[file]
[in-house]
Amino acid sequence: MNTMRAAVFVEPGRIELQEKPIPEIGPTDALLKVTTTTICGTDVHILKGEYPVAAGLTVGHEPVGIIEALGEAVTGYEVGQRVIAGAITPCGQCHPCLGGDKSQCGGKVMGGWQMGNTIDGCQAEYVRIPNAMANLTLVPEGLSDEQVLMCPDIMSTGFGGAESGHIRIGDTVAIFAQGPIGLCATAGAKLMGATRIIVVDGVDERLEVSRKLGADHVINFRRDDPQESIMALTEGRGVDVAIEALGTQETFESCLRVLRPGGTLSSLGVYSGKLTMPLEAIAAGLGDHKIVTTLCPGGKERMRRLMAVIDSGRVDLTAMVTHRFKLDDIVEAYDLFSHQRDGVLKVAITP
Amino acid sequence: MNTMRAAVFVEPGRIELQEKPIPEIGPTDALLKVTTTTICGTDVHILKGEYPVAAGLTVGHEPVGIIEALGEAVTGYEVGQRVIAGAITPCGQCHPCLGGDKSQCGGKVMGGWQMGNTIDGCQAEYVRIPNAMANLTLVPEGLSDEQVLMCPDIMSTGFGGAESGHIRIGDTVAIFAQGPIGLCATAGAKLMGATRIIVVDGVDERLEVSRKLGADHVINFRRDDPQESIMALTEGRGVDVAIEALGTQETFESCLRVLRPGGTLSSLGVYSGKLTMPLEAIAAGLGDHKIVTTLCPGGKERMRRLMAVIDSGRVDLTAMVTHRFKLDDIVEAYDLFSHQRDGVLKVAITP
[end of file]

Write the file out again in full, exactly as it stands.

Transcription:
[in-house]
Amino acid sequence: MNTMRAAVFVEPGRIELQEKPIPEIGPTDALLKVTTTTICGTDVHILKGEYPVAAGLTVGHEPVGIIEALGEAVTGYEVGQRVIAGAITPCGQCHPCLGGDKSQCGGKVMGGWQMGNTIDGCQAEYVRIPNAMANLTLVPEGLSDEQVLMCPDIMSTGFGGAESGHIRIGDTVAIFAQGPIGLCATAGAKLMGATRIIVVDGVDERLEVSRKLGADHVINFRRDDPQESIMALTEGRGVDVAIEALGTQETFESCLRVLRPGGTLSSLGVYSGKLTMPLEAIAAGLGDHKIVTTLCPGGKERMRRLMAVIDSGRVDLTAMVTHRFKLDDIVEAYDLFSHQRDGVLKVAITP
Amino acid sequence: MNTMRAAVFVEPGRIELQEKPIPEIGPTDALLKVTTTTICGTDVHILKGEYPVAAGLTVGHEPVGIIEALGEAVTGYEVGQRVIAGAITPCGQCHPCLGGDKSQCGGKVMGGWQMGNTIDGCQAEYVRIPNAMANLTLVPEGLSDEQVLMCPDIMSTGFGGAESGHIRIGDTVAIFAQGPIGLCATAGAKLMGATRIIVVDGVDERLEVSRKLGADHVINFRRDDPQESIMALTEGRGVDVAIEALGTQETFESCLRVLRPGGTLSSLGVYSGKLTMPLEAIAAGLGDHKIVTTLCPGGKERMRRLMAVIDSGRVDLTAMVTHRFKLDDIVEAYDLFSHQRDGVLKVAITP